An NYPD task force busted up an allegedly prolific car theft ring in the Bronx and Manhattan early Tuesday morning, arresting nine participants and seizing 12 stolen vehicles in the culmination of a two-year investigation.
At dawn on Sept. 21, amNewYork Metro rode along with NYPD officers as they executed the final step of a two-year plan of action. Detectives from the task force spread out over the Bronx, targeting both the individuals who run the illegal operation and the businesses that—sometimes unknowingly—store the poached cars.
Auto thefts have been up across the city so far in 2021; though the NYPD reported a five percent drop in grand larceny auto in August, such thefts are up 17% year-to-date — making operations such as the Sept. 21 raid key to the department’s efforts to combat these crimes.
While most syndicates function as a hierarchy to steal vehicles and parts for re-sale, cops said, this “steal crew” gathered the loot from their thievery for themselves.
At a pre-dawn meeting Tuesday immediately before the raid, commanding officer of the Auto Crime Unit, Deputy Inspector Robert LaPollo briefed officers from several different departments who joined together to take down the car theft ring — including the NYPD’s Warrant Section, Attorney General’s office personnel, Department of Motor Vehicles, Yonkers Police Department, Emergency Services Personnel, and Homeland Security Investigations.
The team secured four warrants through the extensive investigation, which involved the use of surveillance videos, covert cameras and License Plate Recognition (LPR) technology that allowed police to track and observe individuals bringing in stolen vehicles. In addition, police were able to obtain title nine wiretaps which helped further the investigation.
The criminals’ master key
According to police sources, this criminal group adopted a new technology that allows them to digitally clone car key fobs in order to gain access to vehicles without damaging them.
Utilizing a specific discount website, cops said, they were able to obtain a key code, which they then gave to a locksmith who would create a key fob for them. Once inside the car, they used an aftermarket auto reprogramming device (a scan tool used by locksmiths and mechanics) that diagnoses error codes and reprograms the car’s ignition.
Hacking the car’s system, they made the vehicle’s computer think all keys were lost and created a new key code that links to the car key fob — all of which takes about five minutes.
With the cars stolen, the thieves change the vehicle identification numbers and replace the license plates with fake paper copies before selling them domestically through websites such as Facebook marketplace and even export them to countries such as the Dominican Republic.
The victims of those crimes are often two-fold, police noted. In addition to the individual who had their vehicle stolen, the individual who purchased an unknowingly hot car would potentially lose the ride they bought upon police seizure, and all of the money they spent to get it.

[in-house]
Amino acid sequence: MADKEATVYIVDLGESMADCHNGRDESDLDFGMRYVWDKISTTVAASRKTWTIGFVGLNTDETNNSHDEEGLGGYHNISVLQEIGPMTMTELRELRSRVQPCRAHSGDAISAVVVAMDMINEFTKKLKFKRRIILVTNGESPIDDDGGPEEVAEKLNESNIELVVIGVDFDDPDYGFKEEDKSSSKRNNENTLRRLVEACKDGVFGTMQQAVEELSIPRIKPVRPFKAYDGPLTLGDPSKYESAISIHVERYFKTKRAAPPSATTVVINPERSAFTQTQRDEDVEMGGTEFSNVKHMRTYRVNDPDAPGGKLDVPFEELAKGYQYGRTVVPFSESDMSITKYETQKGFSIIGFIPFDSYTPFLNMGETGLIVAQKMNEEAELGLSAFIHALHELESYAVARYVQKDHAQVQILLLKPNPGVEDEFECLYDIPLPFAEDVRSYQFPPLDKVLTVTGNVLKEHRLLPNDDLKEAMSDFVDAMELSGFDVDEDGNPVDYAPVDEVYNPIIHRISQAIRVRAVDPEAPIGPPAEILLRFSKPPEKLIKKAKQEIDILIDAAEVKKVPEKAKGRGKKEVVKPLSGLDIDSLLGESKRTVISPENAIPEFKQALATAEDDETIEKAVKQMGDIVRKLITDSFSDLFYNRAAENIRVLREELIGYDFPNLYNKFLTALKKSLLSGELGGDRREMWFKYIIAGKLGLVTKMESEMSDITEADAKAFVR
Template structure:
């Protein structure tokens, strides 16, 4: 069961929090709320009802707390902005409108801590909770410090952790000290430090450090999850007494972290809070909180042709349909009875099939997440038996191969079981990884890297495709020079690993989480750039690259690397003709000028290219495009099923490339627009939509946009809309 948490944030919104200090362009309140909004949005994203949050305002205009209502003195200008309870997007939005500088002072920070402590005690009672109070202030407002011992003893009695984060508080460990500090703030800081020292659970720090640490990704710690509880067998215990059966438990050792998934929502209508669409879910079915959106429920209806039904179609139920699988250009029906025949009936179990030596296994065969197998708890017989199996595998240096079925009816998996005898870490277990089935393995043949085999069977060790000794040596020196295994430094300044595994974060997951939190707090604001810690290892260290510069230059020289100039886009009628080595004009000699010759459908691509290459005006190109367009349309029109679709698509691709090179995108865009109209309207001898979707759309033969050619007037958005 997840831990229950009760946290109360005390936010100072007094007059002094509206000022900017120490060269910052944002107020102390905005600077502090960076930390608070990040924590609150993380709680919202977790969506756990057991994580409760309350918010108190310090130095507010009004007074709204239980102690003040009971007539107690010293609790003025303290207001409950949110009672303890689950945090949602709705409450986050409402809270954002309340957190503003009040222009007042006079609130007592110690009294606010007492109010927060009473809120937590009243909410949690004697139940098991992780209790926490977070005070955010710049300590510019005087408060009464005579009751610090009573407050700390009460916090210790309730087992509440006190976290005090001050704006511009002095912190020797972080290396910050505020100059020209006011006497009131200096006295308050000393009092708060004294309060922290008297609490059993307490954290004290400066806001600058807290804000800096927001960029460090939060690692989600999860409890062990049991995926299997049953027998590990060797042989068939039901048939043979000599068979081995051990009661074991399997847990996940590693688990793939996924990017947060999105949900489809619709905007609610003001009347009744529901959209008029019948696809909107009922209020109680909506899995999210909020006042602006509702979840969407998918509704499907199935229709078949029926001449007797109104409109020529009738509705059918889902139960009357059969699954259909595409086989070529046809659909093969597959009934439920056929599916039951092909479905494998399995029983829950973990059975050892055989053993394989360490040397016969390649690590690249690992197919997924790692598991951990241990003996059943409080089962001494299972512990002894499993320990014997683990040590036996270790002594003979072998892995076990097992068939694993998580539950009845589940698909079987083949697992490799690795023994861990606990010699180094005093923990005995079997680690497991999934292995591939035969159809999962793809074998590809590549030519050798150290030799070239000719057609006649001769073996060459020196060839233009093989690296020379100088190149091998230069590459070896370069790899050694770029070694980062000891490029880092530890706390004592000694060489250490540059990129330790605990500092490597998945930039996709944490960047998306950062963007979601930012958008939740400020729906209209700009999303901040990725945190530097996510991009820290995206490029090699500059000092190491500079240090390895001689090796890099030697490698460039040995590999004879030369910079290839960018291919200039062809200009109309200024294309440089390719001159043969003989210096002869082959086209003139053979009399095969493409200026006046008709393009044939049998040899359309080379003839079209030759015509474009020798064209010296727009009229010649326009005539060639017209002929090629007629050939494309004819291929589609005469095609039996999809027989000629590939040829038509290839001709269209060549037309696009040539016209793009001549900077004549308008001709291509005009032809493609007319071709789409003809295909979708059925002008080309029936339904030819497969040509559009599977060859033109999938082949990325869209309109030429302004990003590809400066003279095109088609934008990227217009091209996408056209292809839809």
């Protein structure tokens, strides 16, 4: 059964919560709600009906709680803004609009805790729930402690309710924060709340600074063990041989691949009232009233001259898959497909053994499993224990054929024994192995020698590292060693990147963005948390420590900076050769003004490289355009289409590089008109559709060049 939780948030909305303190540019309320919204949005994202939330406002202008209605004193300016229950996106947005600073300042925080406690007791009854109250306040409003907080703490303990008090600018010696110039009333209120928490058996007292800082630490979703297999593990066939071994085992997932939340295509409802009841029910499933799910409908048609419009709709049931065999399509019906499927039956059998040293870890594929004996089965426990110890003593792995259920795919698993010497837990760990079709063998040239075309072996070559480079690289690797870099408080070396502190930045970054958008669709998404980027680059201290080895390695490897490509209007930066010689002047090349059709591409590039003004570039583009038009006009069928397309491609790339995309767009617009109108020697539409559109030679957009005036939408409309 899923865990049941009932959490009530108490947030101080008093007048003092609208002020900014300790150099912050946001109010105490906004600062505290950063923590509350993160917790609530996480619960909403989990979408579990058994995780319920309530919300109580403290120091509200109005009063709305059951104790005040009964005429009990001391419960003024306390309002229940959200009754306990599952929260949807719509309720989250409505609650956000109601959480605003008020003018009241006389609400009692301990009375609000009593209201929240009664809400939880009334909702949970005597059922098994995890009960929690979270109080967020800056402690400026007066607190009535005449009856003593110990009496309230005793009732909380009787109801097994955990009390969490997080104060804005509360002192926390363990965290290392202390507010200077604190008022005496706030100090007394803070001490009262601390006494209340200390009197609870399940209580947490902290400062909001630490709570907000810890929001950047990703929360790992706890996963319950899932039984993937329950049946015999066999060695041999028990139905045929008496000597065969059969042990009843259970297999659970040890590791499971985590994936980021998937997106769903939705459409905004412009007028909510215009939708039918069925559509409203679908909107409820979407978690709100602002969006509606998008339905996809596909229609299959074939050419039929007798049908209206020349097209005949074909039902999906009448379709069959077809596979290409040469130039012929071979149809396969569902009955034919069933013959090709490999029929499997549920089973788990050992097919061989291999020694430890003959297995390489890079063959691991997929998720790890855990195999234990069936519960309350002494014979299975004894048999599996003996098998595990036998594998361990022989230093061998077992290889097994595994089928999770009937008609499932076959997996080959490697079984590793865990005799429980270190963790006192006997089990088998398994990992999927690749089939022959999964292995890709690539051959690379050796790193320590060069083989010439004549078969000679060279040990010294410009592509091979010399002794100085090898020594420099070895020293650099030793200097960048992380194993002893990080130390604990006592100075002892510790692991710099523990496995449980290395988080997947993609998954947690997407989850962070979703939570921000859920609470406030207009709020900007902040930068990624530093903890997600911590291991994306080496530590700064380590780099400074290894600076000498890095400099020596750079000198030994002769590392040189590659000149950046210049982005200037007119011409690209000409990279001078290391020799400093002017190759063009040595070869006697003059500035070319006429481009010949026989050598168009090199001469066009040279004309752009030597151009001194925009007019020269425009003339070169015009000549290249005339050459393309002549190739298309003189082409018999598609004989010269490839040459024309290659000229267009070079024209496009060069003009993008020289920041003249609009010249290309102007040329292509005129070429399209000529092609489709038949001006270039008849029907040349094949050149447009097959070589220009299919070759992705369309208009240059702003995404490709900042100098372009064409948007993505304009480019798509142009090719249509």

Beginning at 6 a.m. Tuesday, detectives swiftly apprehended nine individuals at their homes, successfully cuffing the subjects without incident.
While suspects were transported to the 44th Precinct, fellow police officials swept into several car workshops and lots for the missing vehicles.
According to sources close to the investigation, tips from the community were instrumental in bringing the NYPD to these locations.
Officers carefully searched the businesses in the Mount Hope and Tremont area, using flashlights and other means to identify their authenticity, until they came across several stolen Hondas and Acuras. These vehicles, many of which were taken from areas in the Bronx, Westchester, and Manhattan, were recovered by the team and join some 100 other cars police have already secured.
“We recovered about 12 cars this morning and we had approximately over 100 that we recovered previously,” LaPollo told amNewYork Metro. ‘We were able to safely apprehend nine out of our ten subjects, which will be going to court to face their alleged crimes. As a result, we found numerous evidence at one of our search warrant locations that show that these vehicles were being retagged and sold to customers within the United States as well as overseas.”
Police sources said the takedown had been delayed due to the COVID-19 pandemic, but they were confident it would make a difference in increasing safety throughout the city.
“This will definitely benefit the community. This crew was prolific throughout the city,” LaPollo said. “They stole at least 300 vehicles. That’s 300 victims that woke up one morning and found their cars weren’t there. That’s people who couldn’t get to work. That’s people who couldn’t drive their kids to school. This crew has now been shut down and we won’t see this kind of theft rate for a while in New York City.”
According to police sources, some of the victims were able to recoup their losses from their insurance companies, while others who did not have insurance, if the vehicle was recovered it was returned to them.
Although the day was a big win for law enforcement, the investigation will continue with more arrests and vehicles expected to be recovered in the near future.
This story appears courtesy of our sister publication amNewYork.